This focus on identifying an impairment anchors itself firmly in the medical or individual model of disability, whereby physical impairments can be established without reference to causation. This might explain why obesity has not yet been classified as a protected characteristic in itself. After all, an  individual with weight issues that result in a physical impairment that has ‘a substantial adverse effect’ upon their ‘ability to carry out normal day-to-day activities’ could fall under the definition of a disability in Section 6 of the EqA 2010, regardless of whether the cause of such impairment is obesity.

Indeed, because of  the likelihood that obesity will invariably lead to associated physical and mental impairments, Mark Butler considers the question of whether obesity is a disability or not irrelevant. In his view, the law can indirectly protect obese individuals without needing to protect obesity in itself. This argument may have some purchase, on account of the fact that cases examining the need to promote the rights of obese individuals have rarely been heard by English courts. On the other hand, those visually overweight but not obese are unlikely to benefit from such side effects.

The Walker v Sita Information Decision

In Walker v SITA Information Networking Computing Ltd [2013], the Employment Appeals Tribunal clarified the position of overweight individuals in regards to disability discrimination. In this case, the claimant (W), suffered from a complicated range of symptoms described as ‘functional overlay’ – which medical opinion viewed as being compounded by W’s obesity – that affected his daily living.

Langstaff P employed an effects-based approach when examining whether W’s impairments satisfied the definition of disability, thus taking no account of obesity as the primary cause of the impairment. Crucially, after confirming W did fall under the definition of disabled in Section 6 of the EqA 2010, Langstaff P commented that:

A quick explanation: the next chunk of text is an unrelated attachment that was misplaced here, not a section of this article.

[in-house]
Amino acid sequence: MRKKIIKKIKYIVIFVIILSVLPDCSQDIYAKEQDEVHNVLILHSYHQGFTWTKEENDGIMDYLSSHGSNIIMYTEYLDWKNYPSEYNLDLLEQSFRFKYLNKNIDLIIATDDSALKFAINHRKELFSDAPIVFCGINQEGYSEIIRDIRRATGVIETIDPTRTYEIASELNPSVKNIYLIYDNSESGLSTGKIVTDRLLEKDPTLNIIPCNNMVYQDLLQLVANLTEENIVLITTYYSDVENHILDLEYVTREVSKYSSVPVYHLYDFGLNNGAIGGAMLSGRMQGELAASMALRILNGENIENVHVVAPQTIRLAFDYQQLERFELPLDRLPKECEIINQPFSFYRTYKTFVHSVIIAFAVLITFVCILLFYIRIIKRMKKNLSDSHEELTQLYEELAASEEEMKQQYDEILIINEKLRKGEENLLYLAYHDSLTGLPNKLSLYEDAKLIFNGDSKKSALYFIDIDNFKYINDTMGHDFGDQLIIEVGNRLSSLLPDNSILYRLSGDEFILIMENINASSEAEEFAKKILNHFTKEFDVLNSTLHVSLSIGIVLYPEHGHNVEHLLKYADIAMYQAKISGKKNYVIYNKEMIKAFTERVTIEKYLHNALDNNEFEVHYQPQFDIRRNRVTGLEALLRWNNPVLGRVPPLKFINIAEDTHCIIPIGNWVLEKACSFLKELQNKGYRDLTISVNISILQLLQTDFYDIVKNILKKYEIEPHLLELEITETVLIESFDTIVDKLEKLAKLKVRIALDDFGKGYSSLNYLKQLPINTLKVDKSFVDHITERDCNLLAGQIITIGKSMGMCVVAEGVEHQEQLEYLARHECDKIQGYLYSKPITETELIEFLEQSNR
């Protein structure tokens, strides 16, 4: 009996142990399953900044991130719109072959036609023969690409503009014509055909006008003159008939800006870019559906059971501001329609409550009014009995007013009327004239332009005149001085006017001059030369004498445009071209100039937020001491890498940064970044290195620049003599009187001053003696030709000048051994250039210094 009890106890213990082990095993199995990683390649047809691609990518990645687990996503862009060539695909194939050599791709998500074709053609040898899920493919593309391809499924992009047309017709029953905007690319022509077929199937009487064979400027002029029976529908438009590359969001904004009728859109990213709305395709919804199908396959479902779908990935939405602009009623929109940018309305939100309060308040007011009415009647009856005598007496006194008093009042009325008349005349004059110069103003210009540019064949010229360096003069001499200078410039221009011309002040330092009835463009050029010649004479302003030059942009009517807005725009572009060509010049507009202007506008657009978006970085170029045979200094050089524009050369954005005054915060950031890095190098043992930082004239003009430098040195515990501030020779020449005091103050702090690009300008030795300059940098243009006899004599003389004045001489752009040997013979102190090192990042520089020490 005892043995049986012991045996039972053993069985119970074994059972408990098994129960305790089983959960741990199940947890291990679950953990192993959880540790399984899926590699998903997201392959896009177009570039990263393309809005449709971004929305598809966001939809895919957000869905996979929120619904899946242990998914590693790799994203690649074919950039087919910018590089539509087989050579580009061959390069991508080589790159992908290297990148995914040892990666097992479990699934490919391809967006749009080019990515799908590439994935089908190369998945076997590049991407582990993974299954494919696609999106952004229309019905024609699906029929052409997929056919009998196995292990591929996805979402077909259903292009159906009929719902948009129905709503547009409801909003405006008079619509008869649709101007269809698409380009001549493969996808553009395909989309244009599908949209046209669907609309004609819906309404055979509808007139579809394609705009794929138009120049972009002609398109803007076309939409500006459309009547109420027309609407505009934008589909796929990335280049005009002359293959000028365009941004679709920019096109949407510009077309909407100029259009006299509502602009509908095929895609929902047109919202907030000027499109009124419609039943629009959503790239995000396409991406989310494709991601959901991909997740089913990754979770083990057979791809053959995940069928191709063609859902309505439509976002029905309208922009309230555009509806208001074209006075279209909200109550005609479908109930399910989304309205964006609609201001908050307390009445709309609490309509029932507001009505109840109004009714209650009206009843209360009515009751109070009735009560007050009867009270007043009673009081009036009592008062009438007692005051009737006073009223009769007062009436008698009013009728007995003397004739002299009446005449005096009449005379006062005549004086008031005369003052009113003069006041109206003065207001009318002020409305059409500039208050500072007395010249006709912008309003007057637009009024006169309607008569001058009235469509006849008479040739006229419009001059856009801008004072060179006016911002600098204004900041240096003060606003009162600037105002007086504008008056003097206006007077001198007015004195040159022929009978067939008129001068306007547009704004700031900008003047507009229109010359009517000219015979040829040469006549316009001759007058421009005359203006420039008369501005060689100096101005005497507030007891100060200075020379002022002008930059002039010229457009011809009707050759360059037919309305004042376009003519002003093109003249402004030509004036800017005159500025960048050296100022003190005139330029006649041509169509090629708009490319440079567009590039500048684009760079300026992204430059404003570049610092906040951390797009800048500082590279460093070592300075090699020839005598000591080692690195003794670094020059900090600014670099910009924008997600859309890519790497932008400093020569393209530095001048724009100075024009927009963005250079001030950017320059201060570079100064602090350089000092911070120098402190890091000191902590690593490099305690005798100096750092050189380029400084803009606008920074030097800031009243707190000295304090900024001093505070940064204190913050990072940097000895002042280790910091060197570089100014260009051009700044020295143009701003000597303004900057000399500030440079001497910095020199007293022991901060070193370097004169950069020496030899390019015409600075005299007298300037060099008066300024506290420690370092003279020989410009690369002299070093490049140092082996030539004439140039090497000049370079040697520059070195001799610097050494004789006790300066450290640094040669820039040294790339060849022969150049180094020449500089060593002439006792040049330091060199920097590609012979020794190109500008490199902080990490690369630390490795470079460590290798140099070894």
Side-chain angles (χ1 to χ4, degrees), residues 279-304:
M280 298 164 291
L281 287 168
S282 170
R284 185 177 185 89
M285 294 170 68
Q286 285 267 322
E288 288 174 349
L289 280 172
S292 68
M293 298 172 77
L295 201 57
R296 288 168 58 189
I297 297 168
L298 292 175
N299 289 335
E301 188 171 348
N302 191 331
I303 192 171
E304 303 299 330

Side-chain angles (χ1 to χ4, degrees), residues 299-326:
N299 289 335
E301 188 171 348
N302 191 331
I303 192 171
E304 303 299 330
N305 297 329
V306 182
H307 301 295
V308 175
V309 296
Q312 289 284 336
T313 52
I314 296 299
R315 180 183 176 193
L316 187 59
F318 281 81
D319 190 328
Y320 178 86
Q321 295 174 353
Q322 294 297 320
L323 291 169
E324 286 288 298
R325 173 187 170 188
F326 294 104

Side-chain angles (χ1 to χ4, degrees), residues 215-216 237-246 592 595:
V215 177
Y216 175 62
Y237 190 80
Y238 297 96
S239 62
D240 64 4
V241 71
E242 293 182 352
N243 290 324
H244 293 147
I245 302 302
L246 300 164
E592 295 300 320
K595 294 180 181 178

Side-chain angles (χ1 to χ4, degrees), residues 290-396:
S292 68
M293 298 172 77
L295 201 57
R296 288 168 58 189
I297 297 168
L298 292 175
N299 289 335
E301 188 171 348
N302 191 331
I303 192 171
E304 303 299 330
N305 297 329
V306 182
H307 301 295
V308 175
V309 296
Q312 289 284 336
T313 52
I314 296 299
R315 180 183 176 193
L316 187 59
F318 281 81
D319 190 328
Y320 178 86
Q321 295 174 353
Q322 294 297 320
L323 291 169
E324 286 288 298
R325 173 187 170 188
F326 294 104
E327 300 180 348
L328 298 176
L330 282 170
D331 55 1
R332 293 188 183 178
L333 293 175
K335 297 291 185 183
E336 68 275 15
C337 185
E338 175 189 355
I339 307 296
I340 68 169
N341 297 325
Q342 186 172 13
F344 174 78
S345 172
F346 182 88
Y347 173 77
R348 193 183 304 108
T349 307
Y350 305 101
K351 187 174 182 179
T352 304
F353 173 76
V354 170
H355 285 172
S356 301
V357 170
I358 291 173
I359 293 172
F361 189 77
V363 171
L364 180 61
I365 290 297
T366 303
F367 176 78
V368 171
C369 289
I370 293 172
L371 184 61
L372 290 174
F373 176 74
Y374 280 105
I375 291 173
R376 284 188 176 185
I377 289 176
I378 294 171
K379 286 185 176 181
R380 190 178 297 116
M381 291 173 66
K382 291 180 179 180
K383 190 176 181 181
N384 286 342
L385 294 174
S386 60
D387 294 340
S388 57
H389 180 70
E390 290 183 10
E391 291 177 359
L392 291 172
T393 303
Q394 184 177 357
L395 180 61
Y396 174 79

[T]hough I do not accept that obesity renders a person disabled of itself, it may make it more likely that someone is disabled.

The current legal position can thus be succinctly stated: obesity in itself cannot satisfy the definition of disability, but can offer evidence to allow a court to more readily to conclude that the individual before them does indeed suffer from an impairment. This seems artificial: obesity-related impairments are inherently linked to the obesity, obesity cannot satisfy the definition in itself. As a result, obese individuals are offered only indirect protection on the basis of the extent to which their weight is causing them health issues.

This, in effect, creates an ‘obesity lottery’, whereby an individual only gets protection if they are ‘fortunate’ enough to suffer from be focus on ancillary conditions that are invariably suffered by severely obese individuals’. Thus, there is a lacuna in the law which leaves overweight individuals with no related serious health concerns unprotected, despite the fact that they arguably do suffer from an impairment, but one that originates from social prejudicial views of the ideal body image rather than any medical condition.

The Position under EU Law

Meeting EU Law’s Definition of Disability

In this area, English statutes and case law must be read alongside EU and international law. The EU provides disabled individuals with discrimination protection under the Council Directive 2000/78/EC (the ‘Framework Directive’) which seeks to establish a general framework for equal treatment in employment and occupation. The EU has also adopted the provisions of the United Nations Convention on the Rights of Persons with Disabilities (the Convention), though the extent to which this binds Member States directly was doubted by the European Court of Justice (ECJ) in Z v A Government Department [2014].

At first sight, the Convention appears to represent a paradigm shift in the concept of disability towards a social model. As the Clause 5 of the Preamble to the Convention explains, it explicitly recognises that:

[D]isability is an evolving concept and that disability results from the interaction between persons with impairments and attitudinal and environmental barriers that hinders their full and effective participation in society on an equal basis with others.